I certainly would wonder why “the brethren” were being lenient. I depend on my church being the same church “yesterday, today and tomorrow.”

  13. John Dehlin June 27, 2006 at 10:16 pm


    I see your point….until the very last one that you made. If there’s one thing that the church has been consistent about, it has been change–RADICAL changes. No more polygamy. We’ve gone from “polygamy is required for salvation” to President Hinckley claiming that “it’s not doctrinal” (even though 2 apostles over the past few years have entered into polygamous marriages). No more speaking in tongues (as we once did). Blacks have the priesthood. No they don’t. Oh….now they do. No more “law of adoption”. Garments have changed dramatically. The temple ceremony has changed dramatically. The Book of Mormon has undergone changes. The D&C has undergone a TON of changes. Some very significant. The Word of Wisdom didn’t exist, then it was a recommendation…now it’s required. Adam-God theory. Blood Atonement. When asked by Larry King if God was once a man, president Hinckley replied, “I don’t know that we teach it. I don’t know that we emphasize it.” And I’m just scratching the surface.

    I’m not even sure Joseph Smith or Brigham Young would recognize the church today. Brigham would definitely call us apostates.

    Were you pulling my leg? I don’t mean to be rude…I’m just don’t understand the statement.

  14. Just for Quix June 27, 2006 at 11:52 pm

    I, frankly, find it scary that homosexuals have become the scapegoat upon which the “foundation of the gospel” resides for its vitality and perpetuity. I’m personaly chagrined that I’ve heard reasoning along the lines of Jo’s from the pulpit and lessons of my own ward. Carry it to its logical conclusion: here we have an “omnipotent” God who has created some of his children only to be the subterfuge of His own plan. Hail George Bush. Let’s drop a few more bombs in the crusade to spread American imperialistic interests and a mass consumerist greed. Silence from the pulpit.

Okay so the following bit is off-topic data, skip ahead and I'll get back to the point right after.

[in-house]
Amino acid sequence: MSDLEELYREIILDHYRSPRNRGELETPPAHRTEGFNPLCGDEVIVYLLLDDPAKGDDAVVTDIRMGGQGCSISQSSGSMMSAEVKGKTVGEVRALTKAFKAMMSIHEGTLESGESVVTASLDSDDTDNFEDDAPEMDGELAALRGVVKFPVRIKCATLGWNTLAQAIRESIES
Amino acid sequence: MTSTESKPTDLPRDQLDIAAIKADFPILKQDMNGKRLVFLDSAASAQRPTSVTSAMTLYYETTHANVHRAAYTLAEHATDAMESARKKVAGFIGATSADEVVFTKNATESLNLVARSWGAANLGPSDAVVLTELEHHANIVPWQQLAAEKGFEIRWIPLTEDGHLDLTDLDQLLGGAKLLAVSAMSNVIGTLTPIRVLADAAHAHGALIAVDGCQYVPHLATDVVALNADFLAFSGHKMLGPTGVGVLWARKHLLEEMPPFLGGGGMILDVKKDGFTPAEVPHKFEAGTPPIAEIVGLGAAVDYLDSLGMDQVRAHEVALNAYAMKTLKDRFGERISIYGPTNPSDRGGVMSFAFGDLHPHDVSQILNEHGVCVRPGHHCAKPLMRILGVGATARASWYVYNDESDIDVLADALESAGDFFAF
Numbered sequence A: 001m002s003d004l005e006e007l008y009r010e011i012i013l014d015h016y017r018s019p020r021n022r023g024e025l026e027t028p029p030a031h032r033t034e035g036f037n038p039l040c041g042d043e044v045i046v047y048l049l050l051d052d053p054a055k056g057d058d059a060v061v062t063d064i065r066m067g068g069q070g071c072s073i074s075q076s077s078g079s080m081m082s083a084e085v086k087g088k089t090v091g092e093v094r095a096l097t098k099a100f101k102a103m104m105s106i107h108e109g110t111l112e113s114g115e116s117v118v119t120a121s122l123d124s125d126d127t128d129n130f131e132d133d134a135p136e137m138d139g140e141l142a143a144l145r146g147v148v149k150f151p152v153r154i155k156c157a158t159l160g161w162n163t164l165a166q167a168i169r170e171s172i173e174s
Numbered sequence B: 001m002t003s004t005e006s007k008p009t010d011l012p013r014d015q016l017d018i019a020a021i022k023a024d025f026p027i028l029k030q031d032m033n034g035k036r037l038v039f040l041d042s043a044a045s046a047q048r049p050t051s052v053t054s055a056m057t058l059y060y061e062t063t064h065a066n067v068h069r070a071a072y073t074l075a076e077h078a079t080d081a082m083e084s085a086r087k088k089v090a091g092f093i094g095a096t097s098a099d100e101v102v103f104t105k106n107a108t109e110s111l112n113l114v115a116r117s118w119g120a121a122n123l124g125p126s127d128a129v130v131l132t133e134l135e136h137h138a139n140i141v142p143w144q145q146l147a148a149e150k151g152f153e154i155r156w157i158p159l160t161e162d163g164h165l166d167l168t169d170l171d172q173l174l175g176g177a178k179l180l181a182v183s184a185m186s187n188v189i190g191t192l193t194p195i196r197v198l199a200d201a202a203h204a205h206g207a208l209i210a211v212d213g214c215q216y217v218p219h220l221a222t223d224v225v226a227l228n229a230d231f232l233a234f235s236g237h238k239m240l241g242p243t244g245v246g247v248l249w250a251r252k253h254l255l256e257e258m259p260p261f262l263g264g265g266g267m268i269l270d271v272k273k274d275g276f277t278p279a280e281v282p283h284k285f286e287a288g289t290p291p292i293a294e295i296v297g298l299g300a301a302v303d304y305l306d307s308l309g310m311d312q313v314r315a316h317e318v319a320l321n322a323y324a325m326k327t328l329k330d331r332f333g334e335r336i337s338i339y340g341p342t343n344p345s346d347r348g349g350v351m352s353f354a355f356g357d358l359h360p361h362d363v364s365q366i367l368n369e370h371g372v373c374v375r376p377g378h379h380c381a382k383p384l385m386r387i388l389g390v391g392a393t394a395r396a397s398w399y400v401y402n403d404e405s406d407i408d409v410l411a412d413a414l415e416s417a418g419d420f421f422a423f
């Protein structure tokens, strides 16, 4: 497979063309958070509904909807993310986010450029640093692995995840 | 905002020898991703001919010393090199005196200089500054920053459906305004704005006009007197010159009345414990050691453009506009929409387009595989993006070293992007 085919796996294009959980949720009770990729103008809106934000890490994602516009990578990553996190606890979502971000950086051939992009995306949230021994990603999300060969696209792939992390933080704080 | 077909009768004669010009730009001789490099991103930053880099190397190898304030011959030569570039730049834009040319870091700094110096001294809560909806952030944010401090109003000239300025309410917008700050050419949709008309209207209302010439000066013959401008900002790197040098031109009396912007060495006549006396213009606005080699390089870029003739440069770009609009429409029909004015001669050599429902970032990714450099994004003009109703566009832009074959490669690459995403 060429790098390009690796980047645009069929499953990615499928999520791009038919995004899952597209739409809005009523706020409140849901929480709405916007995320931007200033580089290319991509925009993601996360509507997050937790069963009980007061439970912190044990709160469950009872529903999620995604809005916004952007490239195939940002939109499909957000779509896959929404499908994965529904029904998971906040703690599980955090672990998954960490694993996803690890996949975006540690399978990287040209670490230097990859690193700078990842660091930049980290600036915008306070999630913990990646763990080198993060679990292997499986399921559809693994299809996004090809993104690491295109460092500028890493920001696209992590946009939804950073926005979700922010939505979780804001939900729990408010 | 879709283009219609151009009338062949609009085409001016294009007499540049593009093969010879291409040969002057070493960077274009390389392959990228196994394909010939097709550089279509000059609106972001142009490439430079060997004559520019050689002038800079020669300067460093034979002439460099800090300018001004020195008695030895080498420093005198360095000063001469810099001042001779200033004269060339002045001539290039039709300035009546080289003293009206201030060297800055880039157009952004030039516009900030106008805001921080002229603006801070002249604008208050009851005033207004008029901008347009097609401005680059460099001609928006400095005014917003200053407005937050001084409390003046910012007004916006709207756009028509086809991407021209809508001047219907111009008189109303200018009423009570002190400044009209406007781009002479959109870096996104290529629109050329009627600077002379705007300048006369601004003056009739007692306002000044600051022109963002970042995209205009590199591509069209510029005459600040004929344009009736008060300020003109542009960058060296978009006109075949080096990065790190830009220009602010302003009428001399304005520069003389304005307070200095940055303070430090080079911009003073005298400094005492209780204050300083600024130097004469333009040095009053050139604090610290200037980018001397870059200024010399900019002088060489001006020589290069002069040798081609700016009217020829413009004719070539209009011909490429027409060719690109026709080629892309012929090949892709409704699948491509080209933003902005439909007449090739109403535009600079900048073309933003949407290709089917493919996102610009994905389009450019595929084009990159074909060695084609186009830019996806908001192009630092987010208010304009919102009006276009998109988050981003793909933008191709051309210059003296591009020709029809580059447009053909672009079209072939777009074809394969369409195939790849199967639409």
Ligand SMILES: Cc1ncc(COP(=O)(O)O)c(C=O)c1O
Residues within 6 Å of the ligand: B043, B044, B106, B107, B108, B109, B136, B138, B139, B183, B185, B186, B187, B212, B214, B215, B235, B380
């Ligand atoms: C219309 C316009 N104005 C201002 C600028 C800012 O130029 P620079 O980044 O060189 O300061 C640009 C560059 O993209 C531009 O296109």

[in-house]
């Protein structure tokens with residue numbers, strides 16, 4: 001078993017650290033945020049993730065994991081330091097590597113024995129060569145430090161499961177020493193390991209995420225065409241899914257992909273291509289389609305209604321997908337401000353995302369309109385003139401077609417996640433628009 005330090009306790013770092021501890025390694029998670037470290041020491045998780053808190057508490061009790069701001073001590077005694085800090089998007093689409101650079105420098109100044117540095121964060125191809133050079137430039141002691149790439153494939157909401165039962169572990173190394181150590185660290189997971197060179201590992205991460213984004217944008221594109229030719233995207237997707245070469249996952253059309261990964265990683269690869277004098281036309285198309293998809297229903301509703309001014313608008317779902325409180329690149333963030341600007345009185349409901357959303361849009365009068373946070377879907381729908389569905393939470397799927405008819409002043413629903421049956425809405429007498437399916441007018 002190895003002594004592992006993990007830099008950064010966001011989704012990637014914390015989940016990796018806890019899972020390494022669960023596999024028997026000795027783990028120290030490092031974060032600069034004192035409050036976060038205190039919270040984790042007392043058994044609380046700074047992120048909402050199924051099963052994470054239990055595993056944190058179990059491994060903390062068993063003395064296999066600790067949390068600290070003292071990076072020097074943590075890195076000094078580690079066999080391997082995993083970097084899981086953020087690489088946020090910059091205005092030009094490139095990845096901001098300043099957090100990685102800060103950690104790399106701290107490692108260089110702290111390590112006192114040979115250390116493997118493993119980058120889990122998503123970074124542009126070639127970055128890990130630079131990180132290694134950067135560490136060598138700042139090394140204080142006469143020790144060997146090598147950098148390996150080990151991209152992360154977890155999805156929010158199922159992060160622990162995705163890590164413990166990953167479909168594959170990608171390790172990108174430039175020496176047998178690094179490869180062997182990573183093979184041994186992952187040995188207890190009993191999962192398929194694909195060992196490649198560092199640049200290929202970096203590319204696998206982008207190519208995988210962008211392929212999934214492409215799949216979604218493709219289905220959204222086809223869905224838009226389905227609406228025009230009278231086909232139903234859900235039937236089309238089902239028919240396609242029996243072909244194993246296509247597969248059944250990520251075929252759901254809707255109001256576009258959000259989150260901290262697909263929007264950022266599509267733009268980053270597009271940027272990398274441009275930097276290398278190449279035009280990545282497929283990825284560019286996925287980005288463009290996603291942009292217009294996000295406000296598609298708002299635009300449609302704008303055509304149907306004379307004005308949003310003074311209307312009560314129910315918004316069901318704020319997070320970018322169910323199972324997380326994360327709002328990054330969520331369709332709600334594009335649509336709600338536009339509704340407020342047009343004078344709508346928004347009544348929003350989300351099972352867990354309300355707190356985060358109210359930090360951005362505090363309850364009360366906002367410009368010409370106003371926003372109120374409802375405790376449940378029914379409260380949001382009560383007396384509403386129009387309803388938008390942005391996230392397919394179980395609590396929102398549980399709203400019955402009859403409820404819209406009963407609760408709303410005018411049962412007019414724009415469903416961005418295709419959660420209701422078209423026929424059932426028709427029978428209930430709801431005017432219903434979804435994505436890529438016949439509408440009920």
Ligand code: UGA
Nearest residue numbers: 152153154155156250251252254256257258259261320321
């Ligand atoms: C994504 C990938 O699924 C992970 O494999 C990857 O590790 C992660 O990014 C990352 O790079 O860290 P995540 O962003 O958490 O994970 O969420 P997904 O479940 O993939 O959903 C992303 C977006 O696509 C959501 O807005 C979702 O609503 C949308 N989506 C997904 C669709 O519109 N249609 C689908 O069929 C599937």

LDS members were not urged to legislate morality. We were told to speak to our legislators with our opinion as citizens. I did that: I told my representative that I, a Mormon, vehemently oppose a Constitutional amendment along these lines. Granted, it appears I hold the minority opinion in this debate but why should it be silenced? Perhaps if I had written an op-ed piece explaining the moral reasoning upon which I base my opinion and passion for this subject, I, too, would be in the firing sights of some Mormon goose-stepper. Whew! Glad I’m not at BYU.

    Mr. Nielsen didn’t assert his doctorate qualified him as having a more legitimate opinion. Certainly along the lines of his study ethics and morality is a subject up his alley, and he brings that familiarity with the subject to bear in forming his opinion. But, if anything, I found Mr. Nielsen very circumspect about questioning his own opinion and action. If anything he came off to me as a morally-guided, self-aware man trying to balance his conscience with his duties as a church member, husband and father. It’s so predictable to see the straw man ad hominem smoke screens trying to draw attention away from a very legitimate moral debate. After all let’s not evaluate the merits of Nielsen’s reasoning. He’s not a real Doctor. . . He just plays one on TV.

  15. Pete Howlett July 16, 2007 at 2:50 pm